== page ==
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Eat Better

Want to hike farther, explore tougher terrain, and carry big loads without bonking? To achieve your biggest backcountry goals, you have to change how you eat.
Backpacker_Magazine_eatbetterintroPhoto by Justin Bailie

Sport-Specific Nutrition | Snack For All-Day Energy | Balance Your Backcountry Diet | Food Expert Q & A | The 10 Best Backpacking Foods | The Perfect Menu | A Day of Eating Healthy | The Burning Curve… | …And a Radical Deviation

FOOD EXPERT Q&A
You Have Questions – Our food experts have answers.

Should I take a multivitamin on the trail?
Don’t bother, says Brenda Braaten, a nutritional consultant for the website Pack Light, Eat Right (thru-hiker.com). It’s better to get your vitamins from a balanced diet of high-quality protein, fruits, and vegetables (fresh or dried). The exception: Keep taking calcium supplements if you already do. Your body adjusts to having a certain amount of the bone-building mineral and it’s best to have a steady stream.

What are the best foods to eat on my rest day?
"Your muscles are like a sponge" after days of hard hiking, says Kim Gorman, an exercise physiologist at the University of Colorado Denver. Refill depleted glycogen stores with whole grains and lean protein. If you can, add fresh fruits and vegetables, lean meats, and dairy products for extra antioxidants, protein, and carbs. And don’t neglect your Nalgene–drink up.

There’s so much salt in my favorite trail foods. Should I worry?
Not unless you have high blood pressure or are already on a salt-restricted diet. In fact, because you’re probably sweating buckets, you should be more concerned with getting enough sodium, says Gorman. Aim for the recommended daily allowance of 2,400 mg–and then some.

What am I eating that’s making me so gassy?
Some of the most energy-packed trail staples will also get you booted from the tent. Foods high in fructose (dried fruit) or fiber (legumes, beans) are common gastro-offenders. Adding them to your diet in the weeks leading up to your trip may help–but don’t forget the Beano.

Can I eat anything to speed up acclimatization?
There’s no magic pill for adjusting to the air above 8,000 feet. However, you can boost your chances by "training" your body prior to your trip. Starting a few weeks out, drink an extra glass of water per day; this prepares your system for maximum hydration. Stock up on carbs (which help transport oxygen to your tissues) with extra fruit or rice at meals. Once you’re elevated, stay hydrated by avoiding alcohol and sipping water often. (Hint: Your pee should be pale yellow or lighter.)

My appetite disappears above 10,000 feet. How can I make sure I’m eating enough?
Ironically, during the first few days at altitude your basal metabolic rate cranks up while your appetite simultaneously bottoms out, says sports dietician Monique Ryan. Translation: You’re burning calories faster than ever, but freeze-dried beef stroganoff never looked less appealing. Stay fueled by munching on highly concentrated energy sources (dried fruit, energy bars, and nuts). Fluids containing extra carbs, such as Kool-Aid or sports drinks, are also a great way to cram in calories.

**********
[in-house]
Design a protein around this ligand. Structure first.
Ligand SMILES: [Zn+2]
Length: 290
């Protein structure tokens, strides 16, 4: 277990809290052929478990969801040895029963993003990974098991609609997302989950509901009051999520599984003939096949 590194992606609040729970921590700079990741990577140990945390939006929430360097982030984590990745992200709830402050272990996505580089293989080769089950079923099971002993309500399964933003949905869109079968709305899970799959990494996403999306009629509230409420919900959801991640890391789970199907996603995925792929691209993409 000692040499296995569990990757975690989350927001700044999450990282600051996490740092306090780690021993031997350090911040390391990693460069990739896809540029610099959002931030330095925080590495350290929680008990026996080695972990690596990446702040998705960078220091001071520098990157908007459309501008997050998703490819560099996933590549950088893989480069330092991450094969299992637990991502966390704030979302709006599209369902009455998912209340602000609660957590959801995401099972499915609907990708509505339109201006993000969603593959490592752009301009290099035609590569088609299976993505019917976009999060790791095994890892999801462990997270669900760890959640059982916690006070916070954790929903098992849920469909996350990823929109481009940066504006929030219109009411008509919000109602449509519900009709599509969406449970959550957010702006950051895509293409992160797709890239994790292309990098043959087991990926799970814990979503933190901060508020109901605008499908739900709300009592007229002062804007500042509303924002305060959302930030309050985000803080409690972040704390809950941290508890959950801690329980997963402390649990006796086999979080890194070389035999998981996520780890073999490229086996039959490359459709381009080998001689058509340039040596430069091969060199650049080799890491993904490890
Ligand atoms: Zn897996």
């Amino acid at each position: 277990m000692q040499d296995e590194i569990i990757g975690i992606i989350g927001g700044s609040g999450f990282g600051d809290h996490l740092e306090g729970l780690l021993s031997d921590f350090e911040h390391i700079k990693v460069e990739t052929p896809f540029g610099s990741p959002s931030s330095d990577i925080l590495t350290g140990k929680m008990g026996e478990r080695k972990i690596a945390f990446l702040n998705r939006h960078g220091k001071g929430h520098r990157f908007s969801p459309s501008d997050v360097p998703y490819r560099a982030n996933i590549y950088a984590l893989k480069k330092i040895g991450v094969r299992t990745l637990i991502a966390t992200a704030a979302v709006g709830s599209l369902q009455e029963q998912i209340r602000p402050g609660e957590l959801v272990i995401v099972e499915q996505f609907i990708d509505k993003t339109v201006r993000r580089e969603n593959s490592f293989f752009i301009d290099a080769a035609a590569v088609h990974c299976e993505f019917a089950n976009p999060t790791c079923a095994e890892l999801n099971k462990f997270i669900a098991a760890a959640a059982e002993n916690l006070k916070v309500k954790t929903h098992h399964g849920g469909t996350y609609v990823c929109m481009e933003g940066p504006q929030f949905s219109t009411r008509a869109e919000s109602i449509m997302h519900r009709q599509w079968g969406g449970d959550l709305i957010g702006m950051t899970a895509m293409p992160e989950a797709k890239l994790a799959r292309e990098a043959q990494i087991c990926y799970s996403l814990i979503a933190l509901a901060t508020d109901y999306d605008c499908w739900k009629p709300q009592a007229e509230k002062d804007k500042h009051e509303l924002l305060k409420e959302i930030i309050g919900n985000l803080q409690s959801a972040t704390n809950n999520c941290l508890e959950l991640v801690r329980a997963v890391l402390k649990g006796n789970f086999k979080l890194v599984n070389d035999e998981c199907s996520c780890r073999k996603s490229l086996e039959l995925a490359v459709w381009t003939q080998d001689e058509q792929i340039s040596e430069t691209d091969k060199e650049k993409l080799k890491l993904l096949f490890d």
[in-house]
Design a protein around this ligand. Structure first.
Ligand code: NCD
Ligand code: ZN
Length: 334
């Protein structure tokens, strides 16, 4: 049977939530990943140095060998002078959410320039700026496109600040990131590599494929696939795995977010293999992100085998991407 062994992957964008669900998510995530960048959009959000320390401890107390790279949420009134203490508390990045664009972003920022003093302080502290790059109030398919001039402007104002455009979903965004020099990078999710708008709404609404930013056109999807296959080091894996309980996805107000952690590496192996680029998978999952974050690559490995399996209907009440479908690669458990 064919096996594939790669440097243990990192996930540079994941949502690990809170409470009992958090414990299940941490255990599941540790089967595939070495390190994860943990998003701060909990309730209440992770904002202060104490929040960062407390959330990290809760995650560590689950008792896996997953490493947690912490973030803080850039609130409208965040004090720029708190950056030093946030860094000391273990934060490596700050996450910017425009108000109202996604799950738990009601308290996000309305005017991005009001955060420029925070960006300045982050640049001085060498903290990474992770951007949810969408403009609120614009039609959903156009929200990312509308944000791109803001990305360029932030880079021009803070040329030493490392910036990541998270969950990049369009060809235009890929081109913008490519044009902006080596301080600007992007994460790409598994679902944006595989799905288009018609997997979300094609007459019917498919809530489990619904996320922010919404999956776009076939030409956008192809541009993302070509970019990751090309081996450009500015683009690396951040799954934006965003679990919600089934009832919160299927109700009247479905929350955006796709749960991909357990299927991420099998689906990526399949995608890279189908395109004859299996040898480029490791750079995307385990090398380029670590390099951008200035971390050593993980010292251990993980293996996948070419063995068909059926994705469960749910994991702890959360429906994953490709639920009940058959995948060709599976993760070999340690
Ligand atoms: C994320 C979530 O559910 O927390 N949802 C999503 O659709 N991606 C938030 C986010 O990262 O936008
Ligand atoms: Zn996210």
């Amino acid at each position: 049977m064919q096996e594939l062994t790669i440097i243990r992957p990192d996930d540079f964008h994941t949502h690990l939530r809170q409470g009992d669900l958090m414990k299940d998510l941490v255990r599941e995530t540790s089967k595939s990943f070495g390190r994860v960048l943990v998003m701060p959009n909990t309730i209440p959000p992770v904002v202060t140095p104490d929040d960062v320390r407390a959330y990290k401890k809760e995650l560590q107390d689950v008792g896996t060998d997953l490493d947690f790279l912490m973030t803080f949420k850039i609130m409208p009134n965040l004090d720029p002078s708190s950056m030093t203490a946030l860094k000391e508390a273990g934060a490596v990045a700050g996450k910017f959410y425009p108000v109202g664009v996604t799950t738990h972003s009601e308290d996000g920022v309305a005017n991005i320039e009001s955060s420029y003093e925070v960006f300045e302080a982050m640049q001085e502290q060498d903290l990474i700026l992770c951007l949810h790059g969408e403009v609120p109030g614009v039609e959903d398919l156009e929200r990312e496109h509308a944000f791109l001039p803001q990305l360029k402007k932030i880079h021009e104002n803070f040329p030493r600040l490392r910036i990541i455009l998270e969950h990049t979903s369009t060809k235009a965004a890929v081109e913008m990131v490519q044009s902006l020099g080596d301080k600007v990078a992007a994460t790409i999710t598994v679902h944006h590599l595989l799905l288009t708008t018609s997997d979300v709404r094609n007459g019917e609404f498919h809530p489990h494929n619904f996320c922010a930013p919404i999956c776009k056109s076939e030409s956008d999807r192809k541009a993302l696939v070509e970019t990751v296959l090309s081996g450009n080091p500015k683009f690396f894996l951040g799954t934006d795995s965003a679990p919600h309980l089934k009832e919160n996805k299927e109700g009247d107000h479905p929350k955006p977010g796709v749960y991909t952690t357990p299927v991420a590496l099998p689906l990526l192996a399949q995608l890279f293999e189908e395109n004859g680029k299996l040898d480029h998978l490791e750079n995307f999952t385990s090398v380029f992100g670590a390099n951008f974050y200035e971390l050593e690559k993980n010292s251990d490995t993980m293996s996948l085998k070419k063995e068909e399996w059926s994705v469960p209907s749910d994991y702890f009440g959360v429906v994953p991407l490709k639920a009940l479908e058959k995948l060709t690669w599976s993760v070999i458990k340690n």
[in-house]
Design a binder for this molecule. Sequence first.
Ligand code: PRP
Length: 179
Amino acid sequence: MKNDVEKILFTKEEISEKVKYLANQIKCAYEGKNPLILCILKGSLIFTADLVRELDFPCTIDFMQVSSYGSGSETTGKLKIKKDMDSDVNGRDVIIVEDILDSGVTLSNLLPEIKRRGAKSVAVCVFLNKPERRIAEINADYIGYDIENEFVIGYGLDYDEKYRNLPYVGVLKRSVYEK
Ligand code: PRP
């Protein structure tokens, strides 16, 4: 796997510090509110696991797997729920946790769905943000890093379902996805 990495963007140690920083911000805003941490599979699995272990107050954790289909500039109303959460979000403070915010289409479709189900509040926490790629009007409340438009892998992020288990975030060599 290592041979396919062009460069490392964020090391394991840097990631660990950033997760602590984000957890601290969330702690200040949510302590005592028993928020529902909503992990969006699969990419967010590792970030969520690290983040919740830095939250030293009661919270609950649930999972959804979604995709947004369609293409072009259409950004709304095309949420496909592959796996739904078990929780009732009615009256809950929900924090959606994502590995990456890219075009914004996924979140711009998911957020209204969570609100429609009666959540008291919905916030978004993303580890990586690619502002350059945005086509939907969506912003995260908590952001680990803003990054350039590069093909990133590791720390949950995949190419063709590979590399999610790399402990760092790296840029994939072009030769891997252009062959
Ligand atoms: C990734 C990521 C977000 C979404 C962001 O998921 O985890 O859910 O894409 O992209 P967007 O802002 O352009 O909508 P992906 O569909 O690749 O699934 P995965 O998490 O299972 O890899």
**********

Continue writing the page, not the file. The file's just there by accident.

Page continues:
Fact or fiction: Fat-loading before a winter trip will keep me warmer. Fiction.
Cold temps and heavy gear mean you’re burning up to 40% more calories than you would doing the same activity in moderate temps, says Melanie Hingle, a registered dietician at the University of Arizona’s Center for Physical Activity and Nutrition. On the trail, increase your fat intake to 45% to keep your fires burning, but don’t expect any benefit from a deep-fried Twinkie on the way to the trailhead. Bottom line: It’s worse to run short on calories than it is to temporarily bump up your fat consumption, but make those calories the healthy fats found in nuts, nut butters, and seeds.

What is a glycemic index, and should I care about it?
"It’s a measure of how quickly–and how high–your blood sugar rises after eating carbohydrates," says Susan Kleiner, author of Power Eating. High glycemic index foods (candy, refined pasta) cause the biggest spike, while low glycemic index foods (whole grains) break down slowly for sustained energy. Hikers want both–whole grains for lasting power and simple sugars for boosts.

My joints ache after long hikes. Are there any foods that prevent the pain?
Eat your omega-3s, says Braaten. The fatty acids in fish and olive oil not only prevent heart disease, they also have an anti-inflammatory effect. Pop some antioxidant-packed dried tart cherries too. They inhibit the enzymes that cause inflammation.

Sports drinks: Which one’s best for me?
Look for a powder or tablet with a carbohydrate concentration of 6 to 8 percent (our favorites include NUUN and GU20). A drink with a small amount of protein may boost performance, but could also upset your stomach. In hot weather, opt for the extra sodium of a formula like that in Gatorade Endurance to replace what you’re pumping out.

Sport-Specific Nutrition | Snack For All-Day Energy | Balance Your Backcountry Diet | Food Expert Q & A | The 10 Best Backpacking Foods | The Perfect Menu | A Day of Eating Healthy | The Burning Curve… | …And a Radical Deviation

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